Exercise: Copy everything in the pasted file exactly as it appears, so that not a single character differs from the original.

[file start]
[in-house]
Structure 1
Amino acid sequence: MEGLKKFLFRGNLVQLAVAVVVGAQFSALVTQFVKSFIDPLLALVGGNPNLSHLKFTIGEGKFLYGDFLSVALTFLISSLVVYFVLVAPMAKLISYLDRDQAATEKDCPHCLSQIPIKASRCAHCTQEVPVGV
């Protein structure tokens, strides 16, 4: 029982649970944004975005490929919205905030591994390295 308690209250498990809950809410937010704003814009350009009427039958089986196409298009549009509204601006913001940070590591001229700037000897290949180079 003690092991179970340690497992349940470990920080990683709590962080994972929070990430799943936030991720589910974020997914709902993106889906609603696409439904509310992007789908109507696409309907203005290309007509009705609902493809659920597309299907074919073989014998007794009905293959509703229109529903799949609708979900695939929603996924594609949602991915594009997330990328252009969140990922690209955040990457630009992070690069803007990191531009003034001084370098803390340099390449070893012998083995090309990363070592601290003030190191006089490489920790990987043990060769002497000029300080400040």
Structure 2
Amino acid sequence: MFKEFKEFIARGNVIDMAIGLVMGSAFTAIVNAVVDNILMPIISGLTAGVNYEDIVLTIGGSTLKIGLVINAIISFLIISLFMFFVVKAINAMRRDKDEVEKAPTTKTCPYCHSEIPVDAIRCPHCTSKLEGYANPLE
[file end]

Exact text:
[in-house]
Structure 1
Amino acid sequence: MEGLKKFLFRGNLVQLAVAVVVGAQFSALVTQFVKSFIDPLLALVGGNPNLSHLKFTIGEGKFLYGDFLSVALTFLISSLVVYFVLVAPMAKLISYLDRDQAATEKDCPHCLSQIPIKASRCAHCTQEVPVGV
């Protein structure tokens, strides 16, 4: 029982649970944004975005490929919205905030591994390295 308690209250498990809950809410937010704003814009350009009427039958089986196409298009549009509204601006913001940070590591001229700037000897290949180079 003690092991179970340690497992349940470990920080990683709590962080994972929070990430799943936030991720589910974020997914709902993106889906609603696409439904509310992007789908109507696409309907203005290309007509009705609902493809659920597309299907074919073989014998007794009905293959509703229109529903799949609708979900695939929603996924594609949602991915594009997330990328252009969140990922690209955040990457630009992070690069803007990191531009003034001084370098803390340099390449070893012998083995090309990363070592601290003030190191006089490489920790990987043990060769002497000029300080400040």
Structure 2
Amino acid sequence: MFKEFKEFIARGNVIDMAIGLVMGSAFTAIVNAVVDNILMPIISGLTAGVNYEDIVLTIGGSTLKIGLVINAIISFLIISLFMFFVVKAINAMRRDKDEVEKAPTTKTCPYCHSEIPVDAIRCPHCTSKLEGYANPLE